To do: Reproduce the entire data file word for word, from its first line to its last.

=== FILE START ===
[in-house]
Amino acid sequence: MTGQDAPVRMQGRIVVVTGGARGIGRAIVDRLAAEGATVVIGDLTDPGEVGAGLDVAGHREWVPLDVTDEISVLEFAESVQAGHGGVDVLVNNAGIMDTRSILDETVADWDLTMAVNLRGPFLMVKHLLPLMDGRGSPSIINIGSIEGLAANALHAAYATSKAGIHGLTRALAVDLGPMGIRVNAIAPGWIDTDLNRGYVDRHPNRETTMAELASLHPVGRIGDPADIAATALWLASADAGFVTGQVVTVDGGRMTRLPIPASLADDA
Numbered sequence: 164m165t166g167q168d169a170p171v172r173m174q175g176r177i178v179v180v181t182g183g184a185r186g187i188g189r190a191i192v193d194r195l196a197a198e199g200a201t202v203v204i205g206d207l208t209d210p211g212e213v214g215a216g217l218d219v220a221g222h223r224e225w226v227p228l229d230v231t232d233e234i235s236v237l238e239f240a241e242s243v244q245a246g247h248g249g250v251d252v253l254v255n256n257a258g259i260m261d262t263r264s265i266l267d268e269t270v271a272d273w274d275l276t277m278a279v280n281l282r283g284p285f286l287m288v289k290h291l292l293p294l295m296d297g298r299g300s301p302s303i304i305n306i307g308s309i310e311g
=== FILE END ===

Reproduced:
[in-house]
Amino acid sequence: MTGQDAPVRMQGRIVVVTGGARGIGRAIVDRLAAEGATVVIGDLTDPGEVGAGLDVAGHREWVPLDVTDEISVLEFAESVQAGHGGVDVLVNNAGIMDTRSILDETVADWDLTMAVNLRGPFLMVKHLLPLMDGRGSPSIINIGSIEGLAANALHAAYATSKAGIHGLTRALAVDLGPMGIRVNAIAPGWIDTDLNRGYVDRHPNRETTMAELASLHPVGRIGDPADIAATALWLASADAGFVTGQVVTVDGGRMTRLPIPASLADDA
Numbered sequence: 164m165t166g167q168d169a170p171v172r173m174q175g176r177i178v179v180v181t182g183g184a185r186g187i188g189r190a191i192v193d194r195l196a197a198e199g200a201t202v203v204i205g206d207l208t209d210p211g212e213v214g215a216g217l218d219v220a221g222h223r224e225w226v227p228l229d230v231t232d233e234i235s236v237l238e239f240a241e242s243v244q245a246g247h248g249g250v251d252v253l254v255n256n257a258g259i260m261d262t263r264s265i266l267d268e269t270v271a272d273w274d275l276t277m278a279v280n281l282r283g284p285f286l287m288v289k290h291l292l293p294l295m296d297g298r299g300s301p302s303i304i305n306i307g308s309i310e311g